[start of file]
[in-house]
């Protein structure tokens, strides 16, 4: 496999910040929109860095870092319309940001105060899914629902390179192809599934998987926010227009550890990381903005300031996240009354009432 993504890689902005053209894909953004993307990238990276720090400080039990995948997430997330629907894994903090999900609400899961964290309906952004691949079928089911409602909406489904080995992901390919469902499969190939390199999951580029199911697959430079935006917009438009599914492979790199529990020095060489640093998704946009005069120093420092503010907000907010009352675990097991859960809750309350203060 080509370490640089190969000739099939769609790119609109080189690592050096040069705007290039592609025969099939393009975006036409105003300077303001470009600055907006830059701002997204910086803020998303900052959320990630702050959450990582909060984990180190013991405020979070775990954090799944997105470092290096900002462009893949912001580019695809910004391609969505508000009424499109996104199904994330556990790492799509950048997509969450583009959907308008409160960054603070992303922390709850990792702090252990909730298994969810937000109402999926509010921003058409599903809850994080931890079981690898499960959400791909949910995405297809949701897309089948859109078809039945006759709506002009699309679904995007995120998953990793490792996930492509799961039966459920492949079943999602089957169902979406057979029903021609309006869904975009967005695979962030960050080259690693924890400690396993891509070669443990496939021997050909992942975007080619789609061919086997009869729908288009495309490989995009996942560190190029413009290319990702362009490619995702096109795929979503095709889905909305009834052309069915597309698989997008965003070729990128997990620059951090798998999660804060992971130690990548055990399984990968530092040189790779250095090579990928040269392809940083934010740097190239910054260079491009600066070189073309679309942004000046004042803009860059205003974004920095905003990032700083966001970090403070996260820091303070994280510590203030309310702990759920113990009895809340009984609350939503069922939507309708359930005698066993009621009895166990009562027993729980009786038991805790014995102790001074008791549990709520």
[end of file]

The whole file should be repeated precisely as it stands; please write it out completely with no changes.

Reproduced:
[in-house]
């Protein structure tokens, strides 16, 4: 496999910040929109860095870092319309940001105060899914629902390179192809599934998987926010227009550890990381903005300031996240009354009432 993504890689902005053209894909953004993307990238990276720090400080039990995948997430997330629907894994903090999900609400899961964290309906952004691949079928089911409602909406489904080995992901390919469902499969190939390199999951580029199911697959430079935006917009438009599914492979790199529990020095060489640093998704946009005069120093420092503010907000907010009352675990097991859960809750309350203060 080509370490640089190969000739099939769609790119609109080189690592050096040069705007290039592609025969099939393009975006036409105003300077303001470009600055907006830059701002997204910086803020998303900052959320990630702050959450990582909060984990180190013991405020979070775990954090799944997105470092290096900002462009893949912001580019695809910004391609969505508000009424499109996104199904994330556990790492799509950048997509969450583009959907308008409160960054603070992303922390709850990792702090252990909730298994969810937000109402999926509010921003058409599903809850994080931890079981690898499960959400791909949910995405297809949701897309089948859109078809039945006759709506002009699309679904995007995120998953990793490792996930492509799961039966459920492949079943999602089957169902979406057979029903021609309006869904975009967005695979962030960050080259690693924890400690396993891509070669443990496939021997050909992942975007080619789609061919086997009869729908288009495309490989995009996942560190190029413009290319990702362009490619995702096109795929979503095709889905909305009834052309069915597309698989997008965003070729990128997990620059951090798998999660804060992971130690990548055990399984990968530092040189790779250095090579990928040269392809940083934010740097190239910054260079491009600066070189073309679309942004000046004042803009860059205003974004920095905003990032700083966001970090403070996260820091303070994280510590203030309310702990759920113990009895809340009984609350939503069922939507309708359930005698066993009621009895166990009562027993729980009786038991805790014995102790001074008791549990709520």